A former permanent secretary in the Ministry of Health is questioning whether there is any difference between the law mandating the wearing of face masks in certain places and what obtained before there was no law.
Lanceford Weekes voiced his concern during an interaction with Prime Minister Ralph Gonsalves on WE FM on Sunday.
The statutory rules and orders that came into effect on Sunday impose an EC$100 ticket for not wearing a mask in a public place or a place to which the public has access.
However, the rules do not apply to persons queuing up outside a public place to access a service provided inside that particular place.
For instance, while under the law, a bank is considered to be a public place and, therefore, a person must wear a mask inside the bank, that same person can choose not to wear a mask while queuing up outside to access the services provided inside the bank.
“That has not been dealt with in these regulations, so the guidelines will apply,” Gonsalves said. “We could devise regulations for it but it becomes a little more problematic.”
The guidelines suggest that persons stand six feet apart and wear a face mask to help to contain the spread of COVID-19.
However, there is no legal sanction for persons who fail to do so outside of a “public place”, as defined in the regulations.
The prime minister said that he had noticed that “most of the places around town, like banks and so on, they have marks outside where you’re supposed to line up in a particular manner and they say you must wear the mask.
“If it turns out that that is an area where we have problems, we can always go and extend the rules.”
But Weekes told Gonsalves that the rules that his government passed and which came into effect on Saturday, will not be significantly different from what obtained before.
“Because effectively, the institutions, the establishments, themselves have been making it mandatory,” Weekes said.
Many places have been making it mandatory for persons to wear a face mask in order to enter the establishment.
And even where some persons might have threatened to sue if denied entry to or service at a particular establishment because they were not wearing a face mask, Gonsalves, who is a lawyer, had said that any such lawsuit would fail.
Responding to Weekes’ observation, the prime minister said:
“Except to say this: the Chamber of Industry and Commerce had a meeting with the chief medical officer and the medical officer of health and their team and they had written a letter also to me, saying they would like for inside of their buildings, if we can have the regulations put in place, because when they tell people, people say, ‘Wha’ yo’ talking to me ‘bout?’ and then put the onus on them to have to put them out or stop them from coming in. Now, they know that there is a rule and there would be a fine.”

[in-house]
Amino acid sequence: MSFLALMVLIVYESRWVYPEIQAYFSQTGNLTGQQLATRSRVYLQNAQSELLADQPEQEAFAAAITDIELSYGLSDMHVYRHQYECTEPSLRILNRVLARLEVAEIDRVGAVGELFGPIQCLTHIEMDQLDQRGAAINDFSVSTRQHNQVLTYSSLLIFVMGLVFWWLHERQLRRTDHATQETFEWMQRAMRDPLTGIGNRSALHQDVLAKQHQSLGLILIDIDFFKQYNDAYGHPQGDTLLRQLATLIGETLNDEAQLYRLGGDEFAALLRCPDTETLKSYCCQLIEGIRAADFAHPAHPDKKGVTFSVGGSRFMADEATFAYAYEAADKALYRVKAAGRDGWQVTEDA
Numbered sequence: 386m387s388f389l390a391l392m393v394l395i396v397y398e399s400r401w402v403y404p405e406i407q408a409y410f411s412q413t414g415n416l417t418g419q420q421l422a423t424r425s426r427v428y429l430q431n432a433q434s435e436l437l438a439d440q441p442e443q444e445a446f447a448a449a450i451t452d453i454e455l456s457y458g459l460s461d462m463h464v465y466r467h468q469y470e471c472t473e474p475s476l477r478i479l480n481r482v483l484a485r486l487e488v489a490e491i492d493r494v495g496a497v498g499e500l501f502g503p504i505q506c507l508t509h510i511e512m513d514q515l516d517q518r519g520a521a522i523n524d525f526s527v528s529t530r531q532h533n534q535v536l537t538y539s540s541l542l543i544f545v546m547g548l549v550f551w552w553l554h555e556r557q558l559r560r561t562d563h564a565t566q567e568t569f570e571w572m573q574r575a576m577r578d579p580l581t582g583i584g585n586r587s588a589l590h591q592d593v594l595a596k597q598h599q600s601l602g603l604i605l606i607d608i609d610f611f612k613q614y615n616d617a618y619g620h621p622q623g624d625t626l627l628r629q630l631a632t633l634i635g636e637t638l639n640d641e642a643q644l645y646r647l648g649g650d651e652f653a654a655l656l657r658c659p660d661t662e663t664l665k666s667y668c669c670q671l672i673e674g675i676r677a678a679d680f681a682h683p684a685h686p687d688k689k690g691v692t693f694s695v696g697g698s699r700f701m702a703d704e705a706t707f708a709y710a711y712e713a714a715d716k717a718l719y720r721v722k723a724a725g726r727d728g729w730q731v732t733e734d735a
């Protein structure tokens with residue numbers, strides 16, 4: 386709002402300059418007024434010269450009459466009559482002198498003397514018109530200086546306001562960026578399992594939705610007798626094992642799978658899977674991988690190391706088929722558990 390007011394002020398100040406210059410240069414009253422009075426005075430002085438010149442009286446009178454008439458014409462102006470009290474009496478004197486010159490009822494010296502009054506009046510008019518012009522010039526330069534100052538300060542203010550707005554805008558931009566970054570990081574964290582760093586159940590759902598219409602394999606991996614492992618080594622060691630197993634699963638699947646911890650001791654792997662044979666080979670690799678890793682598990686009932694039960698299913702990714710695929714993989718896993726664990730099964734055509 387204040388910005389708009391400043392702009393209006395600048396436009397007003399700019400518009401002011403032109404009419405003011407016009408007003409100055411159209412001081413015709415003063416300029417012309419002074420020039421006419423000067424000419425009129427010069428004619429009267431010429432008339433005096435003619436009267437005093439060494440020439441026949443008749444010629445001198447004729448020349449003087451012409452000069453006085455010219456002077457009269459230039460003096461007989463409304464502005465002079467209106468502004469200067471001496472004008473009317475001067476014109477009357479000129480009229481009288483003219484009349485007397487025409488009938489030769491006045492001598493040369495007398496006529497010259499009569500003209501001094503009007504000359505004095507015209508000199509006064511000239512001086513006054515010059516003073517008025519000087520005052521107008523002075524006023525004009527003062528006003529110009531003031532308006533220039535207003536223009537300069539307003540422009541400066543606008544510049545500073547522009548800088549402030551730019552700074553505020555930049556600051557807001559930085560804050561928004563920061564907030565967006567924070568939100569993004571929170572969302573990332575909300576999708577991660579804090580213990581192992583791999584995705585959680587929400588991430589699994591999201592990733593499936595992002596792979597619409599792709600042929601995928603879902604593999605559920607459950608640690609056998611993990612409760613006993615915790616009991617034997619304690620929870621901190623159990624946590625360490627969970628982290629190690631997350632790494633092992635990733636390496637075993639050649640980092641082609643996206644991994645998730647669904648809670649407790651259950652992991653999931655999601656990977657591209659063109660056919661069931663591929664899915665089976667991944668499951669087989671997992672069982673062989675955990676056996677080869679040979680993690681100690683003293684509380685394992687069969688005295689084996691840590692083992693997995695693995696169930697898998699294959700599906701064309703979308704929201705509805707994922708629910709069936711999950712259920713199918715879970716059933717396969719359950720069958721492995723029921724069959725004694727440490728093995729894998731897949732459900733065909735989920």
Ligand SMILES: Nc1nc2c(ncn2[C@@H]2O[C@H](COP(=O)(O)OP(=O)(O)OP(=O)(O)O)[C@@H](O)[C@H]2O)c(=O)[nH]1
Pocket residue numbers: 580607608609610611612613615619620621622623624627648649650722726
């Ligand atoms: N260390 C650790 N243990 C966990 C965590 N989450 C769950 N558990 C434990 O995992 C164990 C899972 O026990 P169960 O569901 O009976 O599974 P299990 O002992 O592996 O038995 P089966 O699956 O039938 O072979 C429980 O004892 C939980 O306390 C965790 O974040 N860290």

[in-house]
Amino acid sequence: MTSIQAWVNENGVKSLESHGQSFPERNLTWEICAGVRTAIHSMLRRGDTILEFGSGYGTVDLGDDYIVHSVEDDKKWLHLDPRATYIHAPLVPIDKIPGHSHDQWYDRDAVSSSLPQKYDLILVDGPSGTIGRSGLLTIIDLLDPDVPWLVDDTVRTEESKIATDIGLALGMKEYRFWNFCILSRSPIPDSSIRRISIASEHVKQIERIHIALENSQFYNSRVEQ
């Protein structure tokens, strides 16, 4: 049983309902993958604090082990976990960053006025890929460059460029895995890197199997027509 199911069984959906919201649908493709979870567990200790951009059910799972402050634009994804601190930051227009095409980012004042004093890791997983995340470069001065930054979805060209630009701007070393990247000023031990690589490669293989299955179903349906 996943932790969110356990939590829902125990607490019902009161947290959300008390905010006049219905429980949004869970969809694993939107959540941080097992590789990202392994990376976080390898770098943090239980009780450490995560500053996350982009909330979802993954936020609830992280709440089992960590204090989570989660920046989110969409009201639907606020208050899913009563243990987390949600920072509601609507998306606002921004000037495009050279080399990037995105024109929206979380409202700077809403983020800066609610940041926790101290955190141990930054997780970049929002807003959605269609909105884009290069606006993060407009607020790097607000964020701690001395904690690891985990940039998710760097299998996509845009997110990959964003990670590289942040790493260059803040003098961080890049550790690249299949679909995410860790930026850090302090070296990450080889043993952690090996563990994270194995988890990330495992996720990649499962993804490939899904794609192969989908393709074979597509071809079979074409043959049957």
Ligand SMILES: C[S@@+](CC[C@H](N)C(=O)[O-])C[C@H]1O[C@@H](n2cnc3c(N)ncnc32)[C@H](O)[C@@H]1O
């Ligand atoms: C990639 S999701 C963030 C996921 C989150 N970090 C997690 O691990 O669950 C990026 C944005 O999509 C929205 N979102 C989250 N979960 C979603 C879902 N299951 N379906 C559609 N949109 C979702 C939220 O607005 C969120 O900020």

But Weekes said, “But on the other hand, Prime Minister, the same people are outside pushing each other down to get inside.”
The prime minister said:
“Yes, that’s not covered in these rules but one would expect that if you are going inside a bank, you are going to have on your mask because from the time you enter the door, if you don’t have it, is a fine; is a ticket.
“And usually the security helps to take care of this particular problem but if it is one which is considered to be one which ought to be regulated, we will also do so. But this particular set of regulations were done on the basis of the recommendation of people from the Chamber of Industry and Commerce and the analysis done by the medical officer of health and the chief medical officer.”
Under the rules, a person who violates the mask-wearing or indoor dining rules, or who rides in or drives a public service vehicle without wearing a mask will be issued an EC$100 ticket for each of those offences.
A similar fine will be imposed for the driver of a public service vehicle in which more than 50% of the licensed number of passengers travel.
The rules also imposes an EC$500 fine on persons who violate the mass gathering limitations.
A person who fails to pay an EC$100 ticket faces an EC$500 fine if the matter goes to court and a fine of up to EC$1,000 if they fail to pay an EC$500 ticket.
There is no alternative prison sentence for failing to pay the fine, which would be treated as a civil debt to the Crown.
Under the rules, a public place is defined as an indoor area, whether publicly or privately owned, to which the public has access by right or invitation expressed or implied, whether by payment of money or not, but does not include a daycare, or pre-school.
“So you are encouraged to wear your mask on the road, but it is not mandatory. It’s really to indoor areas. Public places — places to which the public has access if it is a private place or it is somewhere which is publicly owned, obviously meaning all the various business places, government offices and the like, which is happening more or less already.”
He further noted that wearing of the mask means ‘fitted to his face so as to cover his nose, mouth and chin. And where a person under the rule is a child accompanied by a person who has responsibility for the child, the person shall provide and ensure that the child has and wears a mask in a manner required by the rule”.